I'm sorry for being harsh, I have no intention to offend anyone, but looks like some here needed a reality check.

And finally - I am also trying all I can to have CIC implement lock-in date for pass mark, as it would be only fair way to deal with it.

I'm with you guys, not against. And this is why I think I should tell you how it is, so you know what to expect and how to deal with it - and I won't be the one sugar coating everything (those who follow my contribution here for many years know it already) like some other practitioners do just to improve their cashflow.


Originally Posted by Voyager970
bartM
I totally agree with you that Mr Miller seems to be very blinkered and does see things in a very black and white way, with regards this thread.
I can also see where Mr Miller is coming from, there are strict rules and regulations concerning the process of emmigration, and these must be strictly adhered to, BUT I hasten to add,

How does the Canadian Govt see itself as a responsible govt, in terms of the emmigrtaion process, when it can decide to lower or raise the pass mark at any time, influencing many thousands of applications either in favour of, or against obtaining PR status.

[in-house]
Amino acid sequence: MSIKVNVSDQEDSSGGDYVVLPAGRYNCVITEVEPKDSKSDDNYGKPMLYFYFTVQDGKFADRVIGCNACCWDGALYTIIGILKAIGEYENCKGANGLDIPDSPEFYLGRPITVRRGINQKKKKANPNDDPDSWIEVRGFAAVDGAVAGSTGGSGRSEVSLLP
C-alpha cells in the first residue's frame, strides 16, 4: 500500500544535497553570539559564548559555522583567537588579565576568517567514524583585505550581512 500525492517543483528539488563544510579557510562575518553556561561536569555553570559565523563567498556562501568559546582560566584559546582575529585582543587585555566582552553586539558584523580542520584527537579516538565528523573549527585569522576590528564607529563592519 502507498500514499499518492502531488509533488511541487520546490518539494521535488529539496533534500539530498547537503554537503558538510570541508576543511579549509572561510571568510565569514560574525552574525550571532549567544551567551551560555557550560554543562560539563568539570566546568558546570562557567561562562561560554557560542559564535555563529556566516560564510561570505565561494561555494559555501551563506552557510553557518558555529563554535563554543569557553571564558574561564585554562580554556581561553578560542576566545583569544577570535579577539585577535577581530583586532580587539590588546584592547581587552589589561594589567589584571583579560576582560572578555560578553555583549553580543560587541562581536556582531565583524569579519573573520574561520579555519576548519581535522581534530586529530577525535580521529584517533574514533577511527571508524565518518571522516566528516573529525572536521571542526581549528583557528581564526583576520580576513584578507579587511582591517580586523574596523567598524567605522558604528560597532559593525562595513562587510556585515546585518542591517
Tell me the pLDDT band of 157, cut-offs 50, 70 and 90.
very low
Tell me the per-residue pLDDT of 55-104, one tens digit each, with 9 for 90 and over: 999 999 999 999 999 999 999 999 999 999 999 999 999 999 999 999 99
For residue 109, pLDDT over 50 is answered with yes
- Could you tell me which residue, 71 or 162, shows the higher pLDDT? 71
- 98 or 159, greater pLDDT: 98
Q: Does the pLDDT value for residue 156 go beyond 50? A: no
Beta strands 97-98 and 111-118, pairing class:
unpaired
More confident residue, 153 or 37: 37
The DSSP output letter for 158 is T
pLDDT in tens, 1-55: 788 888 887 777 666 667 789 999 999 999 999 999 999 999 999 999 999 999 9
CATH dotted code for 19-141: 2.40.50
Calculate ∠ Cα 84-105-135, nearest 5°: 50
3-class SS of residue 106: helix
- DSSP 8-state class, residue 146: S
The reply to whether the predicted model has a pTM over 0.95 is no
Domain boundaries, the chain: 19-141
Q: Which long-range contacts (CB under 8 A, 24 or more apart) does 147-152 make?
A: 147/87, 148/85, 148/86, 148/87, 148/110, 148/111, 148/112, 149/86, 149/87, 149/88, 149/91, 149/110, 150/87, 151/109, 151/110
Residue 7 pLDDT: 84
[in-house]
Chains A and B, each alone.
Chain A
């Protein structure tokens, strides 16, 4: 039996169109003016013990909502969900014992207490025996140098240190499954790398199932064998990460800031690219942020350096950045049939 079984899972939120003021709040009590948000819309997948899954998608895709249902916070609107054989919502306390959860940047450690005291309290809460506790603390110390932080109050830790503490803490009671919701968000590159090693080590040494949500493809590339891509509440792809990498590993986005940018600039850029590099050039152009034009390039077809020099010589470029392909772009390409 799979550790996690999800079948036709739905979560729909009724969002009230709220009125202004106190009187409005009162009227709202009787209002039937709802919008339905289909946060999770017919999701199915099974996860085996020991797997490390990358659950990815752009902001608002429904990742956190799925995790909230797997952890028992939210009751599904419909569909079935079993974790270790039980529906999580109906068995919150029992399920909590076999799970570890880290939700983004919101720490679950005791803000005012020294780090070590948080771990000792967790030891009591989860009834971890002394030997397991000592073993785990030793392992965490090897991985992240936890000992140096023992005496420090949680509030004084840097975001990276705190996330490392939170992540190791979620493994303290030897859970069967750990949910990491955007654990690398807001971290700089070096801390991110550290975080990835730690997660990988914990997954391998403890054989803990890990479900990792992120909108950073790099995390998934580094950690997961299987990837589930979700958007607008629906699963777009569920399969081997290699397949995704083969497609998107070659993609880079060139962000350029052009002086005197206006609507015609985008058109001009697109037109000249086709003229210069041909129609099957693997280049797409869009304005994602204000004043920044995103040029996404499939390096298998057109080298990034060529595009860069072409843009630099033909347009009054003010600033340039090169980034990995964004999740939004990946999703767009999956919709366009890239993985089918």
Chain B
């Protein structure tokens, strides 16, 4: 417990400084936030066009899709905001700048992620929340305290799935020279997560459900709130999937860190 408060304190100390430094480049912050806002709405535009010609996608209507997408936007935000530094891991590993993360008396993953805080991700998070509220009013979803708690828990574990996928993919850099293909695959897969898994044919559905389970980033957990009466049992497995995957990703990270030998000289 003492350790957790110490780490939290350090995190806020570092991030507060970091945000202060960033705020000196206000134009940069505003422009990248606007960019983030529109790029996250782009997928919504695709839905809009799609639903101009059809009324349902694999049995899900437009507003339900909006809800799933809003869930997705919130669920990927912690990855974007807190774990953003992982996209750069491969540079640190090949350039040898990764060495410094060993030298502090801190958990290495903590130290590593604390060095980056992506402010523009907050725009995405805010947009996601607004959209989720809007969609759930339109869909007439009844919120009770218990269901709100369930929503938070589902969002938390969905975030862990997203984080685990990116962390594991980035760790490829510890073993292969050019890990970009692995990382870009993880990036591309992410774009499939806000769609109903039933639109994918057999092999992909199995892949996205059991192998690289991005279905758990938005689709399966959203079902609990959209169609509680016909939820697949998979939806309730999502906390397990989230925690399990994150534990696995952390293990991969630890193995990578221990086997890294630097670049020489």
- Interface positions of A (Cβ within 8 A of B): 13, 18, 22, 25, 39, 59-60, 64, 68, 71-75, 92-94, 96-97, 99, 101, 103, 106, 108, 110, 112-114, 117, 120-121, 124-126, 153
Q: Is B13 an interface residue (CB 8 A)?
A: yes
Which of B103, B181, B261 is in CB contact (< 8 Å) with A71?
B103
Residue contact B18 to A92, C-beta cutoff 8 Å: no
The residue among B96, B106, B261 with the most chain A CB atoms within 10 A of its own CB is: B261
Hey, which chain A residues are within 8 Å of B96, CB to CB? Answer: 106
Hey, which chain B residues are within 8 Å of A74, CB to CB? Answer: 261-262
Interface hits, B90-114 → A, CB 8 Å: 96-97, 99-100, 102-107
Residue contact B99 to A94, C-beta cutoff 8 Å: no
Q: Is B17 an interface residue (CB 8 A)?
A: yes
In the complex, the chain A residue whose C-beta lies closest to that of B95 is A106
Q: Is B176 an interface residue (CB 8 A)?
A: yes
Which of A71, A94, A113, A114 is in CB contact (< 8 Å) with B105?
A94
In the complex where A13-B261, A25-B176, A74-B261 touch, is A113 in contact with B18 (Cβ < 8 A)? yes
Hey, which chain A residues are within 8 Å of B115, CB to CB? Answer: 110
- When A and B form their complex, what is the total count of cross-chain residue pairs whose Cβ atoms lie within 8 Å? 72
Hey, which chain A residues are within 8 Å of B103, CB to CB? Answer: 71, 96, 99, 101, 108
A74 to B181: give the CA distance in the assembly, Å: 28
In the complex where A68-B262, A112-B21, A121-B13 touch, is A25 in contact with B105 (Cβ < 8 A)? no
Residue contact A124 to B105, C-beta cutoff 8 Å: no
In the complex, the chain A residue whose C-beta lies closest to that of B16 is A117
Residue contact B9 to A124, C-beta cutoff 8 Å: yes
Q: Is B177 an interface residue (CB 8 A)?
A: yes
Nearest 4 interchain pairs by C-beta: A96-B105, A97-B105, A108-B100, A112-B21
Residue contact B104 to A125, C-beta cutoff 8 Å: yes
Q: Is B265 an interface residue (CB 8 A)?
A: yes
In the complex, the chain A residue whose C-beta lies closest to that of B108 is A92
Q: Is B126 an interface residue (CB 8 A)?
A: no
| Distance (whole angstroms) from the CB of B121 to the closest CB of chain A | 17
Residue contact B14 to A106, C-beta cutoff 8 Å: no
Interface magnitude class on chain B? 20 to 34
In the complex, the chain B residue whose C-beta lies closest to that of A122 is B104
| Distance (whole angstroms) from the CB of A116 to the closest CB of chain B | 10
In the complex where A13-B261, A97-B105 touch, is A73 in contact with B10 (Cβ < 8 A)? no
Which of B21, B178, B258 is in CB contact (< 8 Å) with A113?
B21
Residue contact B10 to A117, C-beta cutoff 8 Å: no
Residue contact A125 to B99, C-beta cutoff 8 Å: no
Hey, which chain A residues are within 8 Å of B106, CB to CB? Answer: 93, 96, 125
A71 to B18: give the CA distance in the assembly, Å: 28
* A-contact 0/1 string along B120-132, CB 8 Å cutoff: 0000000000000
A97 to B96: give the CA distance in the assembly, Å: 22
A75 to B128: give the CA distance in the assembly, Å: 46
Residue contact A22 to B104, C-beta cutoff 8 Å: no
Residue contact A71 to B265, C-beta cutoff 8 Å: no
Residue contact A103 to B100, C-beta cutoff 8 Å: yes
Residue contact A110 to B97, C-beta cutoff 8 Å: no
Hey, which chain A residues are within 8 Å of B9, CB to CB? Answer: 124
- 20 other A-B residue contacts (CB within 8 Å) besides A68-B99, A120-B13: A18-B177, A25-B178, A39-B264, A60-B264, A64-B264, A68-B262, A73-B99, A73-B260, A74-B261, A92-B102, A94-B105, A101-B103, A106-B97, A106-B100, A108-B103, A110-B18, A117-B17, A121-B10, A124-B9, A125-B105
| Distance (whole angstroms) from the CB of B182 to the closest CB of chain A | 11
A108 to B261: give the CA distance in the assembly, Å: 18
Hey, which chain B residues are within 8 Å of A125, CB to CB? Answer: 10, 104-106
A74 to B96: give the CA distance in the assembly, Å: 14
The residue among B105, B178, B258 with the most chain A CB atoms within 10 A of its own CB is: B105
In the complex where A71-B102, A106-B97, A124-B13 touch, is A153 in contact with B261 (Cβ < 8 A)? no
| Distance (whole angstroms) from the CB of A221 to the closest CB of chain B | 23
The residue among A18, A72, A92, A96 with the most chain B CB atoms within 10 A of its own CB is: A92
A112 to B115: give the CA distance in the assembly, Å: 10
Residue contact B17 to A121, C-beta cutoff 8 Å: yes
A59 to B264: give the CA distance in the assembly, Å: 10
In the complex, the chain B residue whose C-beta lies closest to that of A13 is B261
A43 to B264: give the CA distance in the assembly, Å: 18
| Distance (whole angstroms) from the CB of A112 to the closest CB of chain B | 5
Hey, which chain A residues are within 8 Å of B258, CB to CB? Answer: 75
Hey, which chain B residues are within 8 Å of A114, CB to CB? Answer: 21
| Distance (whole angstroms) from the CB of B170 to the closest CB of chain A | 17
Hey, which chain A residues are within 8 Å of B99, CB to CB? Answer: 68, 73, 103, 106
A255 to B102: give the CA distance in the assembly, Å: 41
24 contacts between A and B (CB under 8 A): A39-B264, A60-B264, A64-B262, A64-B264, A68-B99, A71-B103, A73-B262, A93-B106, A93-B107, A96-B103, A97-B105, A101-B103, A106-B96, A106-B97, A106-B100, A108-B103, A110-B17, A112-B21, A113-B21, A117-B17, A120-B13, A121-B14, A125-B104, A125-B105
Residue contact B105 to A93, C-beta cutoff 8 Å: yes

If this was to happen in Britian this would be deemed as direct discrimination in favour of the applicant. Does Canada not have discrimination laws !!!!

The applicant can claim discrimination in that they were unfairly treated in the application process, by the Canadian govt increasing the pass mark whilst there application was pending, and they also lost all their money, that would be deemed to be a fraudulant act.

Whilst I agree that Canada does not abide by any British laws, surely Canada must have the same or similair laws, if not be interpreted differently.


MMMMMM Me thinks this one may drag on for a bit !!!!!!!

Eddie
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Old Sep 15th 2004, 11:53 am
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Default Re: Any points update

Ok, here it comes: "If you can't follow the links and/or have problems (quite naturally) interpreting the law then you should ask those who know the law and can interpret it for you" - let me guess, a paid immigration consultant ?